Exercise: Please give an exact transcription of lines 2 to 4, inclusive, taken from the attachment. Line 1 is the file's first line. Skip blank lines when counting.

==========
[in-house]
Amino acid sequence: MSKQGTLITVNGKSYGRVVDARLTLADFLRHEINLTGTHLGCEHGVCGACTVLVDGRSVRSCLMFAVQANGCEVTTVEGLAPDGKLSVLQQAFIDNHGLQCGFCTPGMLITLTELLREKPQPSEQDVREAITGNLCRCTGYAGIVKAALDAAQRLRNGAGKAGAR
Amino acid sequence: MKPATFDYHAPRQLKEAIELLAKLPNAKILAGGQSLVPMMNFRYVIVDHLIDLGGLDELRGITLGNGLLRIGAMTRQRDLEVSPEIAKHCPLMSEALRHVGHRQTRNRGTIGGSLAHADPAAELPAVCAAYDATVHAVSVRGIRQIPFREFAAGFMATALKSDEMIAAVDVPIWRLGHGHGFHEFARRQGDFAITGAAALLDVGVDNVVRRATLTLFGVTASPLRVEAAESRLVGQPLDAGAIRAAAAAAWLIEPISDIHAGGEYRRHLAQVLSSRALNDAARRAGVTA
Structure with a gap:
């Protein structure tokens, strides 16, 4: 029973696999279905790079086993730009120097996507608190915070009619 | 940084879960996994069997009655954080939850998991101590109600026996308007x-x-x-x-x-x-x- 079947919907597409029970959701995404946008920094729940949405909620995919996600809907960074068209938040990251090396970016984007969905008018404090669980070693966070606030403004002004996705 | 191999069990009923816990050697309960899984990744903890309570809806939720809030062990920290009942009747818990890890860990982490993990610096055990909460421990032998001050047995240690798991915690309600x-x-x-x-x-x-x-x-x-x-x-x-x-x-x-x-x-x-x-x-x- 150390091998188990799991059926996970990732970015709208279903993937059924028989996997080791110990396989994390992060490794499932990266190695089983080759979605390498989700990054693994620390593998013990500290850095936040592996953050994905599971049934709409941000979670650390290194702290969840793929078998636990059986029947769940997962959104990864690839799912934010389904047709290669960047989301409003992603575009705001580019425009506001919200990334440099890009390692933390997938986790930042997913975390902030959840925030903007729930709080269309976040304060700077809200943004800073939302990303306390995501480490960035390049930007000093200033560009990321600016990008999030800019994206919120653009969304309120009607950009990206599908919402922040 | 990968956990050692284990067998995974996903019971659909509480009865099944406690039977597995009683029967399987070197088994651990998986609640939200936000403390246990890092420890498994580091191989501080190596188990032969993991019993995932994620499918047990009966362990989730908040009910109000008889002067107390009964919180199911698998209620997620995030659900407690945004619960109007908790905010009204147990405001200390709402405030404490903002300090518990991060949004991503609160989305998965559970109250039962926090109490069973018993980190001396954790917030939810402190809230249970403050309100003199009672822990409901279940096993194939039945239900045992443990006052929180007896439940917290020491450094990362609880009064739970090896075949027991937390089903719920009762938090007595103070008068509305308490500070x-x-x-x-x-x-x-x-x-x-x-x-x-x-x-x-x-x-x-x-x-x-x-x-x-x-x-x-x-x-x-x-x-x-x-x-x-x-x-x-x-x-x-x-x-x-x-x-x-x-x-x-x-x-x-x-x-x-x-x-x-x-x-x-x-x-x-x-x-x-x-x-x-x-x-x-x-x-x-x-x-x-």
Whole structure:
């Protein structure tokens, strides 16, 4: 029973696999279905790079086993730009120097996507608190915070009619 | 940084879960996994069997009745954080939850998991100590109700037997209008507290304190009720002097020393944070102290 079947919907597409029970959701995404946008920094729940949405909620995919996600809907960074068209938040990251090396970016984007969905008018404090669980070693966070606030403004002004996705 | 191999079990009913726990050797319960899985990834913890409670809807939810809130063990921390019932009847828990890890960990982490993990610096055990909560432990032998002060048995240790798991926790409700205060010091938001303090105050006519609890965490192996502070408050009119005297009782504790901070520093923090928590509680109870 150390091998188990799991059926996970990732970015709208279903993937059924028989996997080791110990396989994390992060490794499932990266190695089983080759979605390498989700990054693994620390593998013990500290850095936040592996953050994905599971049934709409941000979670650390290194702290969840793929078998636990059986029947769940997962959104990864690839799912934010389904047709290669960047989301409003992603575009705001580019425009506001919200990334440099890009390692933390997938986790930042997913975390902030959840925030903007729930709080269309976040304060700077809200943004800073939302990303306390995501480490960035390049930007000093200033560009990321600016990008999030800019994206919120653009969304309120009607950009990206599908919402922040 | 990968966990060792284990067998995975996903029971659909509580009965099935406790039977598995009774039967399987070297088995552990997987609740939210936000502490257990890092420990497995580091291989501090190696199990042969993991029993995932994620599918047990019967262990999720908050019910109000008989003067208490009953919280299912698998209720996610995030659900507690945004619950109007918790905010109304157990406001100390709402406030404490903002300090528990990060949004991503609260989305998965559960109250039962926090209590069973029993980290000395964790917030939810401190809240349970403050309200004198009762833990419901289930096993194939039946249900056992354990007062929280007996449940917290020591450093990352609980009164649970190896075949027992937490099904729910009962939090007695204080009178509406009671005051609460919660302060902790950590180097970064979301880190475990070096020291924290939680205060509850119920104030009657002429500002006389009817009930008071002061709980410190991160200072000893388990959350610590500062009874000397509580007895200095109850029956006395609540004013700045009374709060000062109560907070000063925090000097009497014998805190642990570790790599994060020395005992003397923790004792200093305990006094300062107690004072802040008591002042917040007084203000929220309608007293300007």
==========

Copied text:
Amino acid sequence: MSKQGTLITVNGKSYGRVVDARLTLADFLRHEINLTGTHLGCEHGVCGACTVLVDGRSVRSCLMFAVQANGCEVTTVEGLAPDGKLSVLQQAFIDNHGLQCGFCTPGMLITLTELLREKPQPSEQDVREAITGNLCRCTGYAGIVKAALDAAQRLRNGAGKAGAR
Amino acid sequence: MKPATFDYHAPRQLKEAIELLAKLPNAKILAGGQSLVPMMNFRYVIVDHLIDLGGLDELRGITLGNGLLRIGAMTRQRDLEVSPEIAKHCPLMSEALRHVGHRQTRNRGTIGGSLAHADPAAELPAVCAAYDATVHAVSVRGIRQIPFREFAAGFMATALKSDEMIAAVDVPIWRLGHGHGFHEFARRQGDFAITGAAALLDVGVDNVVRRATLTLFGVTASPLRVEAAESRLVGQPLDAGAIRAAAAAAWLIEPISDIHAGGEYRRHLAQVLSSRALNDAARRAGVTA
Structure with a gap: